- Displaying unwarranted fear towards you.
- Telling others about your negative qualities.
- Having a stronger bond with alienating parent and an unnatural concern for alienating parent.
- Displaying a lack of care about missed visits or phone calls.
How To Prevent Parental Alienation
If your child is displaying patterns of behavior that lead you to believe the other parent may be subjecting them to parental alienation, the most important thing you can do is to maintain as much contact with your child as possible. You should strive to keep your interactions as positive as you can and resist employing alienating tactics against the other parent as doing so could potentially cause further damage to your parent-child relationship. You should seek to make your time together enjoyable – spend time playing with your child, show interest in their hobbies and activities and above all, listen to your child and show them love and patience. You should create time for your child to vent and communicate with you without punishment, expectation, or pressure.
Your next step should be consulting with a psychologist or other mental health professional who can assist you in repairing your relationship. There are those that specialize in parental alienation syndrome that can help you to connect with your child once again. You may want to consider keeping a log of the behaviors that worry you that you can present to the psychologist who can help you determine whether they are consistent with alienation.
Finally, you should contact an Ontario family law lawyer to assist you in bringing court proceedings. The court system places a strong emphasis on maintaining all parent-child relationships and can provide you with the recourse to undo parental alienation by revisiting your parenting agreement.
Steps to Take if Your Former Spouse Has Interfered With Your Parent-Child Relationship
|Maintain contact with your child as much as possible.||Stick to your parenting and contact schedule and try to keep your interactions positive and low pressure.|
|Contact a psychologist who specializes in parental alienation syndrome||A qualified psychologist or mental health professional can help you identify parental alienation syndrome and provide tools for restoring your parent-child relationship.|
|Keep a log of information as evidence.||It can be helpful to keep a log of the behaviors, comments and occurrences that worry you. This may be useful for the psychologist as well as your family law lawyer in restoring your relationship.|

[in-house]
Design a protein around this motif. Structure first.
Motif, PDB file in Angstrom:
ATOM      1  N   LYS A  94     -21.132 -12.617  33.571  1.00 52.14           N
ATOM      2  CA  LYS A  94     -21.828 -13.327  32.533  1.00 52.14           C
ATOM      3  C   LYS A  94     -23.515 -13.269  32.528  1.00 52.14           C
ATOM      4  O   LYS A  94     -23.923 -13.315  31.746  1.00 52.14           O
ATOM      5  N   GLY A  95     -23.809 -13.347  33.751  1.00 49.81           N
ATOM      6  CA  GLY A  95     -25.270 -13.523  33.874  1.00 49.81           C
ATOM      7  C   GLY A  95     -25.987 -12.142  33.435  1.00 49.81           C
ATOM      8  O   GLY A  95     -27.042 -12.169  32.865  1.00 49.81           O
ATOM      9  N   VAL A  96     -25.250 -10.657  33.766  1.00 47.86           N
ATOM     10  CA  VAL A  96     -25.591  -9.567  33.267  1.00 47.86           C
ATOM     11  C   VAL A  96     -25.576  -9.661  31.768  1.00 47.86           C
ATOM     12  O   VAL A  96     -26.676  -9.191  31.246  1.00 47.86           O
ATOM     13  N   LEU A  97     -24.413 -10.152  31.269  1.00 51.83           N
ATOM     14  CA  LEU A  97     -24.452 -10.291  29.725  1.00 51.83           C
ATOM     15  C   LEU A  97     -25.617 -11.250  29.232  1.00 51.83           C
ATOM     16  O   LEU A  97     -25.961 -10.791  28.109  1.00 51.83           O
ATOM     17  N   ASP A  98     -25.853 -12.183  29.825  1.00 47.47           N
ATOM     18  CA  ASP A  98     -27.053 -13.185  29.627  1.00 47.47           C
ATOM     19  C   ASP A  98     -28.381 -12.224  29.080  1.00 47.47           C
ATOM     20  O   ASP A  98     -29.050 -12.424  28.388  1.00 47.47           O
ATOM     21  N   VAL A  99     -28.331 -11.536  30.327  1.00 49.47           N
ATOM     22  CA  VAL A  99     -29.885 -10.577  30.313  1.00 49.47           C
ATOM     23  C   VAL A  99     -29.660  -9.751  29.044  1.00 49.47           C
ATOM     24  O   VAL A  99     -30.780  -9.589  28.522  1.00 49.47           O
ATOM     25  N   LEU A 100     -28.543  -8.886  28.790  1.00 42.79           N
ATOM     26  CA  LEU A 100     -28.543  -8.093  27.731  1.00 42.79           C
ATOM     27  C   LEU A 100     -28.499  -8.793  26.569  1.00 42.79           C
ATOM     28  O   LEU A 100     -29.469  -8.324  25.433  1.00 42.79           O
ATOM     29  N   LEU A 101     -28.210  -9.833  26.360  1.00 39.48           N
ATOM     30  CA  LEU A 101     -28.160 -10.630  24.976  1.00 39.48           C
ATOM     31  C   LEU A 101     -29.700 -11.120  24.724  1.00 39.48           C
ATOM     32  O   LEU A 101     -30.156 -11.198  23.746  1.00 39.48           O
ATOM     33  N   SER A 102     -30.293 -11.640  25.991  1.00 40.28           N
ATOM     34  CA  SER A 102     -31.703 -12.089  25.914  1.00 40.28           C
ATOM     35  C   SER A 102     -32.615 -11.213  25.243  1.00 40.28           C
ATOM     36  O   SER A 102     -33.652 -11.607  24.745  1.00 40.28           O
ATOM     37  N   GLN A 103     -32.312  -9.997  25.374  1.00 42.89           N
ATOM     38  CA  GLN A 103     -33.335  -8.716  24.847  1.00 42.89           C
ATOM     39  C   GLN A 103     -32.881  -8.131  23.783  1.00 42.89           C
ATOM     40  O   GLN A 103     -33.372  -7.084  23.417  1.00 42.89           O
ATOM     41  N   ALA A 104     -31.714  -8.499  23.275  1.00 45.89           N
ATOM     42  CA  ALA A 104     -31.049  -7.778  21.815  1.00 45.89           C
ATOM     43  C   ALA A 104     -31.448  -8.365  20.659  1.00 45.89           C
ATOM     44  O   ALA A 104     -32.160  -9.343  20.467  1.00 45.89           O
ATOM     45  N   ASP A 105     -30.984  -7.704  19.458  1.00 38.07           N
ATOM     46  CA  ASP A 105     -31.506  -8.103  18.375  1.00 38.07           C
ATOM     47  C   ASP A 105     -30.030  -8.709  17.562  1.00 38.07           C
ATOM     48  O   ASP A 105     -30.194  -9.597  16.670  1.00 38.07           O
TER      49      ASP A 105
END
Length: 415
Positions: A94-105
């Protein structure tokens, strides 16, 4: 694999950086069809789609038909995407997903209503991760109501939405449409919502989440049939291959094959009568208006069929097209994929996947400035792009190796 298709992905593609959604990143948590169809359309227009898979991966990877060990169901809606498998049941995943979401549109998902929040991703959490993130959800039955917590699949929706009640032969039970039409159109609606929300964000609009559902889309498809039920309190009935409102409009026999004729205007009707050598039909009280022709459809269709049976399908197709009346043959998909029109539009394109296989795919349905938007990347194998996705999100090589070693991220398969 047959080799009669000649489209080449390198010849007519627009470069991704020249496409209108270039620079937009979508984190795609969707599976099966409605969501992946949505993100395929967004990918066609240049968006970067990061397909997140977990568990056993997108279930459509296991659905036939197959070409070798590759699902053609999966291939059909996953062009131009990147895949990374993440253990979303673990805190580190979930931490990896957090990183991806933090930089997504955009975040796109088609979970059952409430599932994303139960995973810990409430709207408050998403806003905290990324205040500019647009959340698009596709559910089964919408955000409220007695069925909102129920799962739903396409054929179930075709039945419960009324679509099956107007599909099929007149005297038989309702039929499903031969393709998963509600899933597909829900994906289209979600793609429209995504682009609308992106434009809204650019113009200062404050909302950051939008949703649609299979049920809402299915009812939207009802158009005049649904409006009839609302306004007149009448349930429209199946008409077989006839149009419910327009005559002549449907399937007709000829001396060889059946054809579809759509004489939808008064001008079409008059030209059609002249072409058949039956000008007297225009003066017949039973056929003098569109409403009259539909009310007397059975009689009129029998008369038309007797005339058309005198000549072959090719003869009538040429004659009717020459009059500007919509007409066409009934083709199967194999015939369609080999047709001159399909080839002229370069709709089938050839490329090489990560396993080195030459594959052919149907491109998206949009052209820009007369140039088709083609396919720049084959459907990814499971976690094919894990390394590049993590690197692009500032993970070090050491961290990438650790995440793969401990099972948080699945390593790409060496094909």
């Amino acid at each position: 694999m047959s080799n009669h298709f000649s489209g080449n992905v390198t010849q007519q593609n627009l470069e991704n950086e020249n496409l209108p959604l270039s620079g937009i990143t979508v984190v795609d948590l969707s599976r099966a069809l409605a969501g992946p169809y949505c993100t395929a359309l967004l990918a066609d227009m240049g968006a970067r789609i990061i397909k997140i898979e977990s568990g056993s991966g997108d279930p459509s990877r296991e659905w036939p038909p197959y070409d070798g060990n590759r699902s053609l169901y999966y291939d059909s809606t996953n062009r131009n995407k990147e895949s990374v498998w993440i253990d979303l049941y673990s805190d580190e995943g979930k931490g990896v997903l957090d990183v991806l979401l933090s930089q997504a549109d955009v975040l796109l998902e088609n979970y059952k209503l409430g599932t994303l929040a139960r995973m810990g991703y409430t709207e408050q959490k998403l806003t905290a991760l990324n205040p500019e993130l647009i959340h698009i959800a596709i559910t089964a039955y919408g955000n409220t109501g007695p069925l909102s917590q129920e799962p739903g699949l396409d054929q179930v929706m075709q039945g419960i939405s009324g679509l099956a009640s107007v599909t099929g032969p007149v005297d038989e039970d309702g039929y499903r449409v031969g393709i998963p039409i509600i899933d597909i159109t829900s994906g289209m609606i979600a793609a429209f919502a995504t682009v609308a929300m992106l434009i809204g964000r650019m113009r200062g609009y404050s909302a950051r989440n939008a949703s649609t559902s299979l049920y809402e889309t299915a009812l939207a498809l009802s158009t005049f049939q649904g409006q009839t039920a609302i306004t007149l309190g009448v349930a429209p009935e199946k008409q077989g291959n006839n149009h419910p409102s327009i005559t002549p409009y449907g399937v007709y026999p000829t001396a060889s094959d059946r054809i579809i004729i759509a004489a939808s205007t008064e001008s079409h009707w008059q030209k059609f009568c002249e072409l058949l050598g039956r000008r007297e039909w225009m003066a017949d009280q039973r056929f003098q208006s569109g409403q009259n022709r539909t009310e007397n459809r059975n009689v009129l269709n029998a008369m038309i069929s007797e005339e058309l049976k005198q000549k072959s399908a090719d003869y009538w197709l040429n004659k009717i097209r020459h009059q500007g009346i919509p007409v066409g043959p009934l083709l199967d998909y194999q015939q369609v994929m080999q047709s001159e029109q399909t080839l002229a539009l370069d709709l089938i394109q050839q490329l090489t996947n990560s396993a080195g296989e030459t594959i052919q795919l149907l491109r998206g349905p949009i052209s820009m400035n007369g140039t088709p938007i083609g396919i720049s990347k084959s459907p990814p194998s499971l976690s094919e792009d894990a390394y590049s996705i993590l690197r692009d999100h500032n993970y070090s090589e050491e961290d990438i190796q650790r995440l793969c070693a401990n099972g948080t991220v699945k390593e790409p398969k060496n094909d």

|Contact an Ontario family law lawyer to initiate court proceedings.||An experienced and compassionate family law lawyer can initiate court proceedings on your behalf to provide recourse for stopping the parental alienation.|
“If you suspect some type of parental alienation, keeping a log of information for your purposes only is advisable. This will help to remind you of past comments, concerns, or connections that seem inappropriate or off.”
Learn How Our Family Law Lawyers Can Help!
Canada believes strongly that children should not be a part of their parents’ conflict. If your child is displaying concerning behaviors consistent with parental alienation, the Ontario court system can help you put a stop to the practice. Contact the lawyers at Gelman and Associates to lead you through Ontario’s family law system. The lawyers at Gelman and Associates can provide compassionate guidance while aggressively protecting your parental rights. Parental alienation is not appropriate and a parent who ignores a parenting or contact schedule outlined in a court order can suffer legal consequences including a possible loss of parenting time. Call (416) 736-0200 to speak to one of our qualified and caring lawyers about your family today.
How To Prevent Parental Alienation FAQs –
Keep a log of concerning behaviors and verify your suspicions with a psychologist who specializes in parental alienation syndrome.
If your child is experiencing parental alienation, you should maintain as much contact with your child as possible, contact a qualified psychologist and an experienced Ontario family law lawyer who can assist you in restoring your relationship.
Ontario places great value on maintaining a healthy parent-child relationship. If your co-parent is engaging in parental alienation the court system can subject them to fines or a potential loss of parenting time.